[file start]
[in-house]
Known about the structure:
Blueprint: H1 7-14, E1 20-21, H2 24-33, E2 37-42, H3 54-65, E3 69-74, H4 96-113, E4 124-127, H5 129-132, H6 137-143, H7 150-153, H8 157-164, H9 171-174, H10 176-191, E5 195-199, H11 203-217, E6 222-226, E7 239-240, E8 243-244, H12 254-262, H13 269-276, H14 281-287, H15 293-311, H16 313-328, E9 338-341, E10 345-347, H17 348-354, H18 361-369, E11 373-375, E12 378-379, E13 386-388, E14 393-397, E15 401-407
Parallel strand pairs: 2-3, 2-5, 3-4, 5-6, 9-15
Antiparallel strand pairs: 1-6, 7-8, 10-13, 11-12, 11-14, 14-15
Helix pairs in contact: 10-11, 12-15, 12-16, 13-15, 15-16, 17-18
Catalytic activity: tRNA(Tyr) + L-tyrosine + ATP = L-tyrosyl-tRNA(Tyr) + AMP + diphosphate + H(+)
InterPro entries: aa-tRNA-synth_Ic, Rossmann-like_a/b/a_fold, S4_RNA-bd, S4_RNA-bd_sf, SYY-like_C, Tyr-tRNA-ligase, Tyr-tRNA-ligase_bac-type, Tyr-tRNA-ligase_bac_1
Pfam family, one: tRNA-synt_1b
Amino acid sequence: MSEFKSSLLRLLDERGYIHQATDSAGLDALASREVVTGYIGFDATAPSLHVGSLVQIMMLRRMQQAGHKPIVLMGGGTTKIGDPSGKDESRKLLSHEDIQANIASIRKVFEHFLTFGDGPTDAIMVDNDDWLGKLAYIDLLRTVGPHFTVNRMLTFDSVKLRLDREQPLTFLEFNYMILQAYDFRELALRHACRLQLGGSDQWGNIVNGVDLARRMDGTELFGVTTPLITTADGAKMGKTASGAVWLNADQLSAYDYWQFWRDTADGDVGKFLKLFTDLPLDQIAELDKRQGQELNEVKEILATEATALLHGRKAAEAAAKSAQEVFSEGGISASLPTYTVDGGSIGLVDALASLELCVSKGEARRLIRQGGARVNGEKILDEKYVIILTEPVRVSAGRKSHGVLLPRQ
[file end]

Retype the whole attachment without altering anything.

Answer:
[in-house]
Known about the structure:
Blueprint: H1 7-14, E1 20-21, H2 24-33, E2 37-42, H3 54-65, E3 69-74, H4 96-113, E4 124-127, H5 129-132, H6 137-143, H7 150-153, H8 157-164, H9 171-174, H10 176-191, E5 195-199, H11 203-217, E6 222-226, E7 239-240, E8 243-244, H12 254-262, H13 269-276, H14 281-287, H15 293-311, H16 313-328, E9 338-341, E10 345-347, H17 348-354, H18 361-369, E11 373-375, E12 378-379, E13 386-388, E14 393-397, E15 401-407
Parallel strand pairs: 2-3, 2-5, 3-4, 5-6, 9-15
Antiparallel strand pairs: 1-6, 7-8, 10-13, 11-12, 11-14, 14-15
Helix pairs in contact: 10-11, 12-15, 12-16, 13-15, 15-16, 17-18
Catalytic activity: tRNA(Tyr) + L-tyrosine + ATP = L-tyrosyl-tRNA(Tyr) + AMP + diphosphate + H(+)
InterPro entries: aa-tRNA-synth_Ic, Rossmann-like_a/b/a_fold, S4_RNA-bd, S4_RNA-bd_sf, SYY-like_C, Tyr-tRNA-ligase, Tyr-tRNA-ligase_bac-type, Tyr-tRNA-ligase_bac_1
Pfam family, one: tRNA-synt_1b
Amino acid sequence: MSEFKSSLLRLLDERGYIHQATDSAGLDALASREVVTGYIGFDATAPSLHVGSLVQIMMLRRMQQAGHKPIVLMGGGTTKIGDPSGKDESRKLLSHEDIQANIASIRKVFEHFLTFGDGPTDAIMVDNDDWLGKLAYIDLLRTVGPHFTVNRMLTFDSVKLRLDREQPLTFLEFNYMILQAYDFRELALRHACRLQLGGSDQWGNIVNGVDLARRMDGTELFGVTTPLITTADGAKMGKTASGAVWLNADQLSAYDYWQFWRDTADGDVGKFLKLFTDLPLDQIAELDKRQGQELNEVKEILATEATALLHGRKAAEAAAKSAQEVFSEGGISASLPTYTVDGGSIGLVDALASLELCVSKGEARRLIRQGGARVNGEKILDEKYVIILTEPVRVSAGRKSHGVLLPRQ